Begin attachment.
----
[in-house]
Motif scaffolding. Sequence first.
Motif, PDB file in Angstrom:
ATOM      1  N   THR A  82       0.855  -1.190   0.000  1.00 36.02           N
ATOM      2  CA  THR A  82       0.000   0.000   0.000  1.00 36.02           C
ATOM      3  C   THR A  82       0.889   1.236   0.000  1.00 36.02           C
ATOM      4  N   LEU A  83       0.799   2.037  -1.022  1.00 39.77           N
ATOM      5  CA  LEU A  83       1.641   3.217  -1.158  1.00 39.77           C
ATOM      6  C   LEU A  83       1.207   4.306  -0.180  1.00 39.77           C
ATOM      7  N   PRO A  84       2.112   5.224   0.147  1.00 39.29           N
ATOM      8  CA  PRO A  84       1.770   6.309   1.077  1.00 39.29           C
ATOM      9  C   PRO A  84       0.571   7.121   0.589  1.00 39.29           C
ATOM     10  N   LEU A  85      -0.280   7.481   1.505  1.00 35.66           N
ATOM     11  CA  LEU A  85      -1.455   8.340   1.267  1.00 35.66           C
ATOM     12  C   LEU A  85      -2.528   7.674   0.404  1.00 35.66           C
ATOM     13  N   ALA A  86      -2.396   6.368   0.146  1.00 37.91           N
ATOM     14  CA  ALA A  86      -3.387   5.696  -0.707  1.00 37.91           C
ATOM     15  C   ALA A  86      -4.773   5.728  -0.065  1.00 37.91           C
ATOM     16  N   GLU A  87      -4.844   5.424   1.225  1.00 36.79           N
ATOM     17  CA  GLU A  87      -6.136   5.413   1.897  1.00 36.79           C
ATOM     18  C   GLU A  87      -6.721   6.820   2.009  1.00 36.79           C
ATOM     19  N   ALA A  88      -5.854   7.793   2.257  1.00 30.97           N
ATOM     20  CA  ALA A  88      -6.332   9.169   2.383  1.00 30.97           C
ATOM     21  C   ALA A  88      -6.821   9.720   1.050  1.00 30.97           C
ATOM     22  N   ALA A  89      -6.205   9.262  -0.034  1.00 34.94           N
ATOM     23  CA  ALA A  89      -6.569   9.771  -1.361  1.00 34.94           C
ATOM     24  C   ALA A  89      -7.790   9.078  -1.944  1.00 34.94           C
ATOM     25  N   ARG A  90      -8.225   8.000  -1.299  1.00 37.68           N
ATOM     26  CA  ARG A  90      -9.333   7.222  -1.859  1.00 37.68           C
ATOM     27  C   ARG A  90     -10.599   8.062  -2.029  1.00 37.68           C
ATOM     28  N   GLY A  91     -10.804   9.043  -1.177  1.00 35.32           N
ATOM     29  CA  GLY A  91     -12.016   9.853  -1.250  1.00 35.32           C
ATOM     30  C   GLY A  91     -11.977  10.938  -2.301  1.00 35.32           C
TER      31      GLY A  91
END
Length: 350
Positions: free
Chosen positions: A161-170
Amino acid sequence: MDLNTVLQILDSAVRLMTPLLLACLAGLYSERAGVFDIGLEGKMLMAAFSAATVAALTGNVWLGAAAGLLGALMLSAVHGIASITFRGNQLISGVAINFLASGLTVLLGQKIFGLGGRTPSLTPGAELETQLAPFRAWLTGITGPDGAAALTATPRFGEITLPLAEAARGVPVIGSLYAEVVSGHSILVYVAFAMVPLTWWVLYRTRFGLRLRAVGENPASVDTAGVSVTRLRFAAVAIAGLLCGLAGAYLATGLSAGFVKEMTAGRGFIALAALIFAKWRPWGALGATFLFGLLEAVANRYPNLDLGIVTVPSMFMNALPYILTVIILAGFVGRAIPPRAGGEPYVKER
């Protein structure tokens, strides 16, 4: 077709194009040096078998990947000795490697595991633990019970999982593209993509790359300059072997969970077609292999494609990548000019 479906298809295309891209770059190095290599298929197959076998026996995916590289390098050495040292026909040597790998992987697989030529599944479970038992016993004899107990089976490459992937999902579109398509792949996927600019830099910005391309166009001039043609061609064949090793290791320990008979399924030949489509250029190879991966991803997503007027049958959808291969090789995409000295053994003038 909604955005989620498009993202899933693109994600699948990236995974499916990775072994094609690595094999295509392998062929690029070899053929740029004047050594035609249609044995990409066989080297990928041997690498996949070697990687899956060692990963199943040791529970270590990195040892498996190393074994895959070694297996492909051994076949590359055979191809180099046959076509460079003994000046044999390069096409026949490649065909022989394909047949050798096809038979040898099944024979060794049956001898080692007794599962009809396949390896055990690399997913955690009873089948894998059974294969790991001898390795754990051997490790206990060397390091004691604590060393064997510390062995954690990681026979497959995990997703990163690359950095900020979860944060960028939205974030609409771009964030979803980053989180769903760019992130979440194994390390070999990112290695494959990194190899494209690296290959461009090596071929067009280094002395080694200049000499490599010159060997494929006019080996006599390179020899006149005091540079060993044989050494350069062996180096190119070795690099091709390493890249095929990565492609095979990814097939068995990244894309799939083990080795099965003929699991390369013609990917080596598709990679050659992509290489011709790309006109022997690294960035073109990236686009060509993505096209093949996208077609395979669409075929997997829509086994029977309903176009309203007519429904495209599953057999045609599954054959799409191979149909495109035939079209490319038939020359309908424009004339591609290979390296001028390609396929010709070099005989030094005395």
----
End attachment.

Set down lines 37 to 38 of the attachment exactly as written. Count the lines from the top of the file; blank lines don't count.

Positions: free
Chosen positions: A161-170